4.      Decide on the type of property investment you want to make

Do you want the capital protection and certainty of return offered by a fixed return investment, or do you want the potentially higher returns of a more traditional buy-to-let property?

5.      Are you an investor or a landlord?

Property investment is great for those who want passive income. Buy it, set it up, and forget about it. Let someone else manage the property for you, and say thank you every month when the tenant’s rent is deposited into your account. Property management services typically cost around 10% of the gross rental – as far as I’m concerned, that’s money well spent.

On the other hand, you might be the kind of investor who has bundles of time on their hands and wants to be personally involved with every aspect of property management. You may relish the 3 am calls to demand a dripping tap is fixed.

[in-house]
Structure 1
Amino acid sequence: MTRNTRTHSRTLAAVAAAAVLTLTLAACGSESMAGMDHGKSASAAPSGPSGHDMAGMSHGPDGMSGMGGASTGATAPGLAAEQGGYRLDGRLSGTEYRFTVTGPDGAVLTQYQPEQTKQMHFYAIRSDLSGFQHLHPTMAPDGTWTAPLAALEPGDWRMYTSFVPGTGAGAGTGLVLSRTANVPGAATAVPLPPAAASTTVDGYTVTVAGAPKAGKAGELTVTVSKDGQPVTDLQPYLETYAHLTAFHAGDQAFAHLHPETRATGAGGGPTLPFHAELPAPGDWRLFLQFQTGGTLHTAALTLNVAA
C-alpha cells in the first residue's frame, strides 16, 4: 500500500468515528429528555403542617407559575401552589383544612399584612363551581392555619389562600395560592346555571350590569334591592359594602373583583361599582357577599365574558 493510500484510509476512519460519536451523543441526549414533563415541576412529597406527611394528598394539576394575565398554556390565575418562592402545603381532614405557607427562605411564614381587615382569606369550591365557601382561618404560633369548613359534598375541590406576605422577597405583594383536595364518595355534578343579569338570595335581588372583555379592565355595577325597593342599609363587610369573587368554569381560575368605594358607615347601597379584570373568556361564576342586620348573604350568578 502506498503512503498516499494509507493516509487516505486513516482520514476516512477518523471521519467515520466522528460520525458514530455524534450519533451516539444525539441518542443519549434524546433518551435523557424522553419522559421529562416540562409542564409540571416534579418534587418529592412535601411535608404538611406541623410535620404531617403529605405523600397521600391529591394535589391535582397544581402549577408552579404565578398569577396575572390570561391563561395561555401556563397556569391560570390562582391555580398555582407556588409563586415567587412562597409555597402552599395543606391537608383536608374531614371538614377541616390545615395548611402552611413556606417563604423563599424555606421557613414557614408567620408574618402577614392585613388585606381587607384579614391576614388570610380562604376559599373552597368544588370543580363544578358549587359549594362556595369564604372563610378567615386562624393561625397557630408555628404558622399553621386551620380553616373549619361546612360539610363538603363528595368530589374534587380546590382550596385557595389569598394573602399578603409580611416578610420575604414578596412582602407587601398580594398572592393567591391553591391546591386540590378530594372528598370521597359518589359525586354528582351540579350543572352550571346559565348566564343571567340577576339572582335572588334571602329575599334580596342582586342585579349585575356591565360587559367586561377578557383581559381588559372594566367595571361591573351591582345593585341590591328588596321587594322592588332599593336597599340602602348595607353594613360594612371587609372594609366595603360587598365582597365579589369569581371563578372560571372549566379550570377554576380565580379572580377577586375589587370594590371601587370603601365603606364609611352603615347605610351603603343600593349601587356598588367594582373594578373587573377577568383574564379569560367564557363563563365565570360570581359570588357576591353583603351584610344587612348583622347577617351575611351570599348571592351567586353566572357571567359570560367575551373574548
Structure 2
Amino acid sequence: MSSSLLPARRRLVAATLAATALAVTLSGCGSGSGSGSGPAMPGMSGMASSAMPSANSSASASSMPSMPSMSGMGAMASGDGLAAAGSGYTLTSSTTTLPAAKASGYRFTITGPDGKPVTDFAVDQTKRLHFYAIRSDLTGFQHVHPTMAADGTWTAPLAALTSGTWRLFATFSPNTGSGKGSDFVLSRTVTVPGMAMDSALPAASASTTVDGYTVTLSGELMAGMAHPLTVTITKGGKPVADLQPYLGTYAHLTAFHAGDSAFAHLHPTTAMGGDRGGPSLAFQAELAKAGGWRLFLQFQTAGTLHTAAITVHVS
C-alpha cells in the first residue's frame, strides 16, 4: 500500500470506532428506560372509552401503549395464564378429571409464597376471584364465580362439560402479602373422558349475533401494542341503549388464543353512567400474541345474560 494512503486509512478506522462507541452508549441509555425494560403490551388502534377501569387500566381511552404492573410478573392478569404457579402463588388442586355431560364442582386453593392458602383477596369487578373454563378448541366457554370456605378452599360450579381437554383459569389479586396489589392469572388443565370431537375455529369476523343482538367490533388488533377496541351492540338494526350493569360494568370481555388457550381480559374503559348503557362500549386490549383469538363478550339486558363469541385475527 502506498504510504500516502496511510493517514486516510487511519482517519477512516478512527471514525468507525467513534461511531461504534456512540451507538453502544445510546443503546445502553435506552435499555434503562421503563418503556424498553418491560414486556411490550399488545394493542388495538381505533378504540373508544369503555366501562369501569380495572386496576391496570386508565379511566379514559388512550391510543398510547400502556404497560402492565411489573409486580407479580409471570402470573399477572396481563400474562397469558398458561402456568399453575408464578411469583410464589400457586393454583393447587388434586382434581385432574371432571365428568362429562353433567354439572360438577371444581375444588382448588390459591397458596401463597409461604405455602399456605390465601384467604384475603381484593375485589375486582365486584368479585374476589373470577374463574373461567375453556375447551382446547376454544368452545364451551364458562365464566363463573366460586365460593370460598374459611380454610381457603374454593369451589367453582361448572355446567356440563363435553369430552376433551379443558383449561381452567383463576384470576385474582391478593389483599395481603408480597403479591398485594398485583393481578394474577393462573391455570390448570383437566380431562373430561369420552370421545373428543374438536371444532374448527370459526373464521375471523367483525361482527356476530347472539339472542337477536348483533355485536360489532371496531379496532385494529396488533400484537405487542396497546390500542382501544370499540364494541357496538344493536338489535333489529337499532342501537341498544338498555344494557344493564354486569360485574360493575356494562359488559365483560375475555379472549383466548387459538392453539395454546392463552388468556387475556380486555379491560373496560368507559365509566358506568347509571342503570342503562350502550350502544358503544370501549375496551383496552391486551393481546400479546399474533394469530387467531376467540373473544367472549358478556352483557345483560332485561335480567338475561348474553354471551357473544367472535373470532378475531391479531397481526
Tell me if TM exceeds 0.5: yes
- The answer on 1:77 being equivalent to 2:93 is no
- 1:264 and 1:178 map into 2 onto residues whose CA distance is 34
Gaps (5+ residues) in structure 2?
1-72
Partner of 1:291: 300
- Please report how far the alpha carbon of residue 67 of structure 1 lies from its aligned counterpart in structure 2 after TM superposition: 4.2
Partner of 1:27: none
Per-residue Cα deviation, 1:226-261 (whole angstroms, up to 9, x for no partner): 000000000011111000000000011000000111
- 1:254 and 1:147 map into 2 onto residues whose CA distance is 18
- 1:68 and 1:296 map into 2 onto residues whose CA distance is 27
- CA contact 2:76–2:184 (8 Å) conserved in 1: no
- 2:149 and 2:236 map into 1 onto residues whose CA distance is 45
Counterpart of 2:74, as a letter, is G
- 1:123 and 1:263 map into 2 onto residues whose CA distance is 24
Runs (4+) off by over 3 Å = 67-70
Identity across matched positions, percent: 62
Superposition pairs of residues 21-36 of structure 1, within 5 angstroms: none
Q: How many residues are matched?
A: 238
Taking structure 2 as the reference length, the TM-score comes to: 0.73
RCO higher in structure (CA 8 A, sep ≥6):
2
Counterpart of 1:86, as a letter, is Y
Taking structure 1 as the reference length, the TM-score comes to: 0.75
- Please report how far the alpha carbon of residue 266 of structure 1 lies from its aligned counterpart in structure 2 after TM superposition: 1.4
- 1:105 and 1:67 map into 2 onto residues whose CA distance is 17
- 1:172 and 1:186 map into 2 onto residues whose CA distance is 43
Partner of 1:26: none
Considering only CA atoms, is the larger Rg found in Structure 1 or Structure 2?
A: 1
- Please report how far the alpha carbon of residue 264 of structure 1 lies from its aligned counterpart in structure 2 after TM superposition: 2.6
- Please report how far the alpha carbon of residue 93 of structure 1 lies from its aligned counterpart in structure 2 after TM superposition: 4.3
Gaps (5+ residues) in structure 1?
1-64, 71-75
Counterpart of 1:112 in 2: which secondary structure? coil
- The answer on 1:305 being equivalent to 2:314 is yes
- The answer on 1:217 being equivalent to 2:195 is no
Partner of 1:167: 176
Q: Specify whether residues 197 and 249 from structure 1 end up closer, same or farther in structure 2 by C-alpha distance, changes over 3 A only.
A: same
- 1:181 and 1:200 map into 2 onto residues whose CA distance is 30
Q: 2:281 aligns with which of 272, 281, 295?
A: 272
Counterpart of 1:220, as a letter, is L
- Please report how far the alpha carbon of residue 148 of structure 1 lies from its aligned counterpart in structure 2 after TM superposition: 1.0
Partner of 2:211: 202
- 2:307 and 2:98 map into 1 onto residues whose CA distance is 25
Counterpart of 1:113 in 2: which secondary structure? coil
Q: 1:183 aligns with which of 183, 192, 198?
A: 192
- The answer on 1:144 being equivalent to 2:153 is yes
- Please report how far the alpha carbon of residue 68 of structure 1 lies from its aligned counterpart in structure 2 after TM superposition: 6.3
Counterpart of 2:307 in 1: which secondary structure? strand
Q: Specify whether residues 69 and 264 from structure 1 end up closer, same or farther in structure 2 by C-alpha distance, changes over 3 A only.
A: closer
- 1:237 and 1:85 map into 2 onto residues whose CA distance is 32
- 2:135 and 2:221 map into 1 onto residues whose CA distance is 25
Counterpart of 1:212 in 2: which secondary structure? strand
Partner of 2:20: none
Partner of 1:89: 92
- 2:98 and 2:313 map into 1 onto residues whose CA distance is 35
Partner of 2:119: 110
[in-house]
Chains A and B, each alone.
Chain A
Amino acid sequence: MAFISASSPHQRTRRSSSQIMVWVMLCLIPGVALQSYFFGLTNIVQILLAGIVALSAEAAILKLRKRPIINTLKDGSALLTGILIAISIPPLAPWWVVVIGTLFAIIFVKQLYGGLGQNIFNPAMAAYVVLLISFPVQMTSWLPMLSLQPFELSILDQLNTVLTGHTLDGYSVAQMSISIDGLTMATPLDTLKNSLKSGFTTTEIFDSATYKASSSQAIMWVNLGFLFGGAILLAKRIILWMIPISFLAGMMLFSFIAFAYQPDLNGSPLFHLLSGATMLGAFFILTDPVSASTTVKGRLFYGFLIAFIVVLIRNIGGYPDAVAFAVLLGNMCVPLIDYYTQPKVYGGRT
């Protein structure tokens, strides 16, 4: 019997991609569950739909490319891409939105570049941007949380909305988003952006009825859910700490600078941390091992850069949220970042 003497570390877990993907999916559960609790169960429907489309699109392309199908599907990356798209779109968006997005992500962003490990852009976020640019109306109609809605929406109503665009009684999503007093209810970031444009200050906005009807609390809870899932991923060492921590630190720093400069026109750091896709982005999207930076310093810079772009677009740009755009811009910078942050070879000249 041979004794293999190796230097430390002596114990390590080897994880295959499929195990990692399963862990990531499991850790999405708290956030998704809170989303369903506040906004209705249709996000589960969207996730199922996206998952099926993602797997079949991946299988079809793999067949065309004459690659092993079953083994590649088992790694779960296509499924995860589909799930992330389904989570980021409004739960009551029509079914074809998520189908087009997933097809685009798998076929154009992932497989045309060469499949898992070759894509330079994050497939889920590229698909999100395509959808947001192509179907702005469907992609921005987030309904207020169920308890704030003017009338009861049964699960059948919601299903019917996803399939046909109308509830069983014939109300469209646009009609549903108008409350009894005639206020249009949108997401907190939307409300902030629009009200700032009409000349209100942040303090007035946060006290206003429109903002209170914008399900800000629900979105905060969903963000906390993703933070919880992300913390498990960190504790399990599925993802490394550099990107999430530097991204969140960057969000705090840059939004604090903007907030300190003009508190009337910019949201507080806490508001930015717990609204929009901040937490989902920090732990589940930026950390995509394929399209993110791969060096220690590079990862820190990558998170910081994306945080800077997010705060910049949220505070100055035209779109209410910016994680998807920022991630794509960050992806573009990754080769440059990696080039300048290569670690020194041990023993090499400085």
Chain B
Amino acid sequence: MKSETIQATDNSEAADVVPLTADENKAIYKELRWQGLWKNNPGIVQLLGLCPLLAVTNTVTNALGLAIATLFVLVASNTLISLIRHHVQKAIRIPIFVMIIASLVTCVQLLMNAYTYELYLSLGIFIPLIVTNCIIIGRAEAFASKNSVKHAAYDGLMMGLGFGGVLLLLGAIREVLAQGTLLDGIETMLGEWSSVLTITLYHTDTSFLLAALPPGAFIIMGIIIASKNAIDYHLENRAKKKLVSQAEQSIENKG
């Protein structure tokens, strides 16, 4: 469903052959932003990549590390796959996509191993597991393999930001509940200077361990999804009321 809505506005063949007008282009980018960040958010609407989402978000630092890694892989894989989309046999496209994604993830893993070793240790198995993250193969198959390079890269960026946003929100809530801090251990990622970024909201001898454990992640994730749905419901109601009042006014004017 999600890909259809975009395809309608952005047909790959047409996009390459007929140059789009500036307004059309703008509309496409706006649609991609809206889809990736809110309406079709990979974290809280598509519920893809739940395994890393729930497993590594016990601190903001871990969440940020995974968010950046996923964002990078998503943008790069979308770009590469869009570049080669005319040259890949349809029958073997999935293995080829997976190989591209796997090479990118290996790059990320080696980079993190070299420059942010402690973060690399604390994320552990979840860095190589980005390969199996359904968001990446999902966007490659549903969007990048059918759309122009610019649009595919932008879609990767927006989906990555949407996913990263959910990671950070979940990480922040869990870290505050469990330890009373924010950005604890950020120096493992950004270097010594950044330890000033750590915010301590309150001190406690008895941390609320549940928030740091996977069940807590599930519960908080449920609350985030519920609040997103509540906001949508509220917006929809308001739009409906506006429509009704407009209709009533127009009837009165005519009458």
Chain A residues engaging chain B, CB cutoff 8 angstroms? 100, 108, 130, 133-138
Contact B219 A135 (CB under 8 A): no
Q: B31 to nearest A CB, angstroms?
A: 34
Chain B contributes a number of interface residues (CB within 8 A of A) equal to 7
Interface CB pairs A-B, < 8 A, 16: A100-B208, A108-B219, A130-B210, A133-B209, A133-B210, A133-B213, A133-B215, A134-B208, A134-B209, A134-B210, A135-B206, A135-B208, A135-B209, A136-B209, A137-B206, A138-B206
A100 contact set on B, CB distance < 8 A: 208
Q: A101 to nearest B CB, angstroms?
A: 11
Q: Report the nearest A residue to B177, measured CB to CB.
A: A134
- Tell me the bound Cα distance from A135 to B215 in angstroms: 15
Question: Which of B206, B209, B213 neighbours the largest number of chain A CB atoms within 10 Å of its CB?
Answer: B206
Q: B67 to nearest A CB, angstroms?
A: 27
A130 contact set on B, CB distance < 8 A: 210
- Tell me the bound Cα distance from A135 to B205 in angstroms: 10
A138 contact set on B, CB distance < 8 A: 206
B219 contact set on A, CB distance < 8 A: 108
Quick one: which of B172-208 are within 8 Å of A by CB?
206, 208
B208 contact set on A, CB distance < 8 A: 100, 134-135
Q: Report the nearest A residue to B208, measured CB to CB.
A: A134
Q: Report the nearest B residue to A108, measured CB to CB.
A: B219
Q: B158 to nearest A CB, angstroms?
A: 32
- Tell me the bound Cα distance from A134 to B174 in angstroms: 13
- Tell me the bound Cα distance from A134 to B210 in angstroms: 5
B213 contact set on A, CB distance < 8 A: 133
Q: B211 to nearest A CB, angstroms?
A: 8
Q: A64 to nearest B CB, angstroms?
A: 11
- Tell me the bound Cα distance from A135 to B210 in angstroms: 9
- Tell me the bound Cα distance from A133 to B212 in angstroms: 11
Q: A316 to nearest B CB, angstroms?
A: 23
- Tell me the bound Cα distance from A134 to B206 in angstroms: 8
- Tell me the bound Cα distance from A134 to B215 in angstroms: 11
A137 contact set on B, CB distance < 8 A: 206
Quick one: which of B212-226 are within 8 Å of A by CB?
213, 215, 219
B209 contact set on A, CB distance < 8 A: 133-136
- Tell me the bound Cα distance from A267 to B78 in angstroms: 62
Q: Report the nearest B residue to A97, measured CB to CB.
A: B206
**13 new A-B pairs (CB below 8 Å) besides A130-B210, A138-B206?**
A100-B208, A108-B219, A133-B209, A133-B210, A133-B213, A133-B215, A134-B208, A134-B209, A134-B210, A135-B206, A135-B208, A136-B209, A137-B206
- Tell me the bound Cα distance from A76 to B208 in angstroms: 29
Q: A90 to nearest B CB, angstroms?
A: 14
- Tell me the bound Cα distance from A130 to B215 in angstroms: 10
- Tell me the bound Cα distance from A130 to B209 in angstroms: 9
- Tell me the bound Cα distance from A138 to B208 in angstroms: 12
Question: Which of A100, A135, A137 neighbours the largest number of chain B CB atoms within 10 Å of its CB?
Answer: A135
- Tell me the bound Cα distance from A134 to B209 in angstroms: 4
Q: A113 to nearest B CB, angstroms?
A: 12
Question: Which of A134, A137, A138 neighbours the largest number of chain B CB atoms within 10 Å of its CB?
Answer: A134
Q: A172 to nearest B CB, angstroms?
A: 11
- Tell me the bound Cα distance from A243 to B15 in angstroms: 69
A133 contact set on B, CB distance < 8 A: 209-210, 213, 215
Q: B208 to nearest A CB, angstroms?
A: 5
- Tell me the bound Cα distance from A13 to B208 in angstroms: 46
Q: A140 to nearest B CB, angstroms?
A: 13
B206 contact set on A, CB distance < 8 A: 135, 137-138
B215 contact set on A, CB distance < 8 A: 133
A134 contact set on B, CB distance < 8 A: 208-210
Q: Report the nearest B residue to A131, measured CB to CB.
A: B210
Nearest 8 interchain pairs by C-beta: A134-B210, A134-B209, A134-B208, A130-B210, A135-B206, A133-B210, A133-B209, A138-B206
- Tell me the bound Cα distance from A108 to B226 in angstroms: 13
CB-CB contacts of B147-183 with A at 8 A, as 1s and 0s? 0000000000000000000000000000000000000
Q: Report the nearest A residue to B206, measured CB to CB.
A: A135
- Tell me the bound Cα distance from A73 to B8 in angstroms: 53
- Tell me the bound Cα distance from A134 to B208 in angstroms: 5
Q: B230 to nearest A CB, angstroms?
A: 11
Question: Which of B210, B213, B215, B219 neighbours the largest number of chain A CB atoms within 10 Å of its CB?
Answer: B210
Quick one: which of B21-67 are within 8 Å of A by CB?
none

6.      Research property investment opportunities

The Location is the most important factor when researching for investment opportunities. Always invest in an area that benefits from strong property fundamentals. Look for shops, schools, transport links, major employers and major investment. It is these elements that will drive present and future demand from tenants and home buyers. It is this demand that will drive capital growth and rental income. The higher the demand, the less void periods you’ll suffer and the higher the rent you can charge.

7.      Find good tenants